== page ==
Publication Date



Social Policy Institute at Washington University in St. Louis


The number of individuals with student loan debt who do not earn their degrees is on the rise; nevertheless, there is little research that demonstrates the financial conditions and circumstances of these individuals. We address this knowledge gap by comparing the financial outcomes of student debt-holders who started college but did not earn a degree—those with non-degreed debt (NDD)—with similar individuals who did not attend college and did not take on student debt. We find that individuals with NDD had greater odds of experiencing material and healthcare hardships, as well as financial difficulties. Individuals with NDD also had greater financial anxiety and lower levels of financial well-being. Despite these challenges, individuals with NDD were more optimistic than high school graduates concerning future college enrollment and earnings. We discuss the implications of these findings with regards to financial aid policies, debt repayment policies, and college retention and re-enrollment efforts.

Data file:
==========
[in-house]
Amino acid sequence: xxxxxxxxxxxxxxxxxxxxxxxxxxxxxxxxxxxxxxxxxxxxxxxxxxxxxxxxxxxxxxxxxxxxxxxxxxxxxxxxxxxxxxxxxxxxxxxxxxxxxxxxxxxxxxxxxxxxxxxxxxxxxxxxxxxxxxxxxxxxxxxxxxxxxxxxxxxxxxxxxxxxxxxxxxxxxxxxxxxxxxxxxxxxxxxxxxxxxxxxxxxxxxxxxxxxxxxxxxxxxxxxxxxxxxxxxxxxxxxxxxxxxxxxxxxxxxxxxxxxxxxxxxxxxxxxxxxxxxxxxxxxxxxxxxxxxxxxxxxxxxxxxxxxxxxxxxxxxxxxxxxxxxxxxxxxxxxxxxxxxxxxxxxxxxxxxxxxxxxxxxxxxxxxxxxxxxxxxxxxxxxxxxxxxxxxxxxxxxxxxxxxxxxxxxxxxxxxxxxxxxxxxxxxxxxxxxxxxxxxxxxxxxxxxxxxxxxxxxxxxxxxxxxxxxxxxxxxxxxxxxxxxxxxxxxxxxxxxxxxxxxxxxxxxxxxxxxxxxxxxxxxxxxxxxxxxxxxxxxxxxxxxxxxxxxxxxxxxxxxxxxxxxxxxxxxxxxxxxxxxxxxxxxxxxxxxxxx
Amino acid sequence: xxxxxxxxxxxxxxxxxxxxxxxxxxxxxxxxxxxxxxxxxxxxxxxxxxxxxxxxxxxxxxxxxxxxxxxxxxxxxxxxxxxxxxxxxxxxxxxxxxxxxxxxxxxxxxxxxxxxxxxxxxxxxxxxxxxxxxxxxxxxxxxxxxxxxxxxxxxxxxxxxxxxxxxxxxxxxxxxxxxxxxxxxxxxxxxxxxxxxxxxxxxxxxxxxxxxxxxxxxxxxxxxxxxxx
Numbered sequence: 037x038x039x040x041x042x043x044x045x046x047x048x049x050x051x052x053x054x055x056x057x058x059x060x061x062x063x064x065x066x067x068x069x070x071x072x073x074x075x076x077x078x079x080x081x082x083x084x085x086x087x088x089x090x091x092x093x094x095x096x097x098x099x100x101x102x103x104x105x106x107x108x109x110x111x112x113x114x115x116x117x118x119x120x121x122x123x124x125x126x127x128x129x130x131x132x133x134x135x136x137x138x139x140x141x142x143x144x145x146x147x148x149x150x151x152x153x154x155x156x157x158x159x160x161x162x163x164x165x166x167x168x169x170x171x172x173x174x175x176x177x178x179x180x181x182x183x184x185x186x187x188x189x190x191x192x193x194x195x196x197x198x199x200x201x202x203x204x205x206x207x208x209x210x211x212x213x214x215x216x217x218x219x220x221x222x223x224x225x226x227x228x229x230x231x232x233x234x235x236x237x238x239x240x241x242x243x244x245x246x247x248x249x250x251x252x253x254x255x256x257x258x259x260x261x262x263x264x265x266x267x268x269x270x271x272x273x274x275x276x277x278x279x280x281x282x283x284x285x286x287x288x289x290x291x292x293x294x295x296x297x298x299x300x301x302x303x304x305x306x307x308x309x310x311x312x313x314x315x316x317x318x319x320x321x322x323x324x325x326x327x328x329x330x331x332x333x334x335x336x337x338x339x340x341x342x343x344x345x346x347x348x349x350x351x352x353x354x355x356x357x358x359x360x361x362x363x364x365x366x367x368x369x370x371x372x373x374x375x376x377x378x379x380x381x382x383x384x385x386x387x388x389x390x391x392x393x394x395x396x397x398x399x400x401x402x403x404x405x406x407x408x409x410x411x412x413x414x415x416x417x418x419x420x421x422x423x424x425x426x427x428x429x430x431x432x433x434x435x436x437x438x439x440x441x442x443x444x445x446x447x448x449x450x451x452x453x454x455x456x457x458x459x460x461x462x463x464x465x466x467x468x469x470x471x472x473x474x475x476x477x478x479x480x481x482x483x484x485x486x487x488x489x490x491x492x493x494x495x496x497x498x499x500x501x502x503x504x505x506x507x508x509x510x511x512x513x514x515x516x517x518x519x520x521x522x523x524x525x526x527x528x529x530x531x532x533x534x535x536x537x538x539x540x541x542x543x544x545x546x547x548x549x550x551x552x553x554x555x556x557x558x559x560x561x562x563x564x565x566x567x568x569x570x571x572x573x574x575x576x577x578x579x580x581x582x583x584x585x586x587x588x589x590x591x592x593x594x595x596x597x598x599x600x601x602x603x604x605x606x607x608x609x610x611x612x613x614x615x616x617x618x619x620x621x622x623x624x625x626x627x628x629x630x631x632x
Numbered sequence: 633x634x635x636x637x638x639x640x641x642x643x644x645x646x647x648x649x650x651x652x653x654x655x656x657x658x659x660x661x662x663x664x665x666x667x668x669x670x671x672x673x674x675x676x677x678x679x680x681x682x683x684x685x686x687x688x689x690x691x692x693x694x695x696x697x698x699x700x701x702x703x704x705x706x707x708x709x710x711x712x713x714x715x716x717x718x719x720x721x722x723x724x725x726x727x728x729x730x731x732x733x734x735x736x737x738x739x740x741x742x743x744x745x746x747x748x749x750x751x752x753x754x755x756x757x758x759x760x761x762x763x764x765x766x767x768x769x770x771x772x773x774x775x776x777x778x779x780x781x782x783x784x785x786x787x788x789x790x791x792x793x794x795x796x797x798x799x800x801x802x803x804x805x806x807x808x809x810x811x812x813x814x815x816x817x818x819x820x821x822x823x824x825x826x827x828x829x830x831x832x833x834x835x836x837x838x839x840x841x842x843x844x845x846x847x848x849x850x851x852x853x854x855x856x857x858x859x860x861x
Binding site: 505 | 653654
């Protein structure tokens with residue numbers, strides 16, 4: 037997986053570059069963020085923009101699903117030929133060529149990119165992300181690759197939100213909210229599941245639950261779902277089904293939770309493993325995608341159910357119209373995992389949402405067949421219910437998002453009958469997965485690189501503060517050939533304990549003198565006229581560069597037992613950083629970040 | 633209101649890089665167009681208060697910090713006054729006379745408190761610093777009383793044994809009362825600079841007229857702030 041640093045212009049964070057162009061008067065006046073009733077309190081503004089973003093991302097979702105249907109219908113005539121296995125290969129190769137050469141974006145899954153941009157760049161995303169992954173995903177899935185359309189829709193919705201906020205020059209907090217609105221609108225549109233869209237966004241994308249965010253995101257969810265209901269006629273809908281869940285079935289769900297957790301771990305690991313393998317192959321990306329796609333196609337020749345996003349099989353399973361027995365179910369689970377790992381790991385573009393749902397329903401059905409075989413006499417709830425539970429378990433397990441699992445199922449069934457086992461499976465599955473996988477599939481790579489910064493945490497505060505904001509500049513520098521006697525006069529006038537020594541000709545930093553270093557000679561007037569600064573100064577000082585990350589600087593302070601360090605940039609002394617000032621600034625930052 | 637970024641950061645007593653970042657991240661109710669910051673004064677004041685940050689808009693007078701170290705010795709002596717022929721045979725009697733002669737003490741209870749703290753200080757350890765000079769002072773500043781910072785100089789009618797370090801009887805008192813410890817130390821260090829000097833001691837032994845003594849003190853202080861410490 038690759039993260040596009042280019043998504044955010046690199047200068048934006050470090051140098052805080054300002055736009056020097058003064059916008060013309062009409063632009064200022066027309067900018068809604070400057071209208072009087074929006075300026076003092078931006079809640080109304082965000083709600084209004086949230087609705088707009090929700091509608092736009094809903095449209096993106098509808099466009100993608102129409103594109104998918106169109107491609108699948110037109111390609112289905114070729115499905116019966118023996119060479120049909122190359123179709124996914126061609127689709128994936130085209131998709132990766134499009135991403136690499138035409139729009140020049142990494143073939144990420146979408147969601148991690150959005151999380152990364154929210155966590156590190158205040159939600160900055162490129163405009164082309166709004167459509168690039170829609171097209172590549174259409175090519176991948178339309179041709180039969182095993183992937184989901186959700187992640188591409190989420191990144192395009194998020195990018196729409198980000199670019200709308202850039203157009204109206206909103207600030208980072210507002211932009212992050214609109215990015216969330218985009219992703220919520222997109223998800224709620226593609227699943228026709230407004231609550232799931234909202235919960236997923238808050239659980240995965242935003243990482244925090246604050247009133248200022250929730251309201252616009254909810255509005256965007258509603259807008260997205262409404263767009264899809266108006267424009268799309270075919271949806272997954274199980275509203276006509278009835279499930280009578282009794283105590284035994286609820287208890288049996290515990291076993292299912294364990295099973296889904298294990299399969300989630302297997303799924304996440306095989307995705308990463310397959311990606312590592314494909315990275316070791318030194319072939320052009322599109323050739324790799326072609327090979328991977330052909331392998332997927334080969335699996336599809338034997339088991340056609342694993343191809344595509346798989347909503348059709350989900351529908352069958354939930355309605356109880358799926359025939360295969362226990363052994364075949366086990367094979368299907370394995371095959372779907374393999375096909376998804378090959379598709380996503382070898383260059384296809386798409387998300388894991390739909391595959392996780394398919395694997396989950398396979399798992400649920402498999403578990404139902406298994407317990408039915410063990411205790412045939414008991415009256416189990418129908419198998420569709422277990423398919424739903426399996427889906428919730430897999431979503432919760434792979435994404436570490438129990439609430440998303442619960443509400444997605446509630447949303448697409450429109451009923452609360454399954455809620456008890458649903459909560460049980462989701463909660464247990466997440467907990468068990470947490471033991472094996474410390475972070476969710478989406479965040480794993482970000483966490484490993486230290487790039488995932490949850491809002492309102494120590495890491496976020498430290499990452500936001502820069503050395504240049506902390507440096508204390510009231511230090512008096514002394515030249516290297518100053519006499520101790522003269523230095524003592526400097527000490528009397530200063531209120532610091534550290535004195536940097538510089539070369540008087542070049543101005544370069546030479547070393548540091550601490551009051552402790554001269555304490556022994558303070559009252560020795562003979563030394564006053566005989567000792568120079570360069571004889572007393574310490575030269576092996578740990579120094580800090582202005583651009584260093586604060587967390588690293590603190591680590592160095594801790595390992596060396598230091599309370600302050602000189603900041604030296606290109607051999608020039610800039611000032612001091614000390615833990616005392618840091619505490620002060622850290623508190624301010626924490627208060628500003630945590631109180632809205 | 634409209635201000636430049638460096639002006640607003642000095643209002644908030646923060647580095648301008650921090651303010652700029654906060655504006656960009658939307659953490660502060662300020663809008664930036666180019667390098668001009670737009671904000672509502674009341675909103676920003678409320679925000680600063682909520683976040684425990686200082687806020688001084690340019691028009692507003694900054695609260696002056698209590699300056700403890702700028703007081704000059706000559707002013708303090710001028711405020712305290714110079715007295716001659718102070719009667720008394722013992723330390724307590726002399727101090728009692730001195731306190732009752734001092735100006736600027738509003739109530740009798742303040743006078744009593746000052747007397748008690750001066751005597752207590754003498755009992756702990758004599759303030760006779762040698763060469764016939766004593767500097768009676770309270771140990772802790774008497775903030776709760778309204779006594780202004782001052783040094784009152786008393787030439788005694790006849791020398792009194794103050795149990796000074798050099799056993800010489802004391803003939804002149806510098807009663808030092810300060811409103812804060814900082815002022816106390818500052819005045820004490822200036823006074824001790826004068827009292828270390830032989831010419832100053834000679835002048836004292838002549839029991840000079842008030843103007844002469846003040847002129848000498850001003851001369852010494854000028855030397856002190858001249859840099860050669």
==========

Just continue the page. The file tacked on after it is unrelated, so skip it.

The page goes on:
Document Type

Report or White Paper





Student Debt, College Completion, Hardships, and Financial Well-Being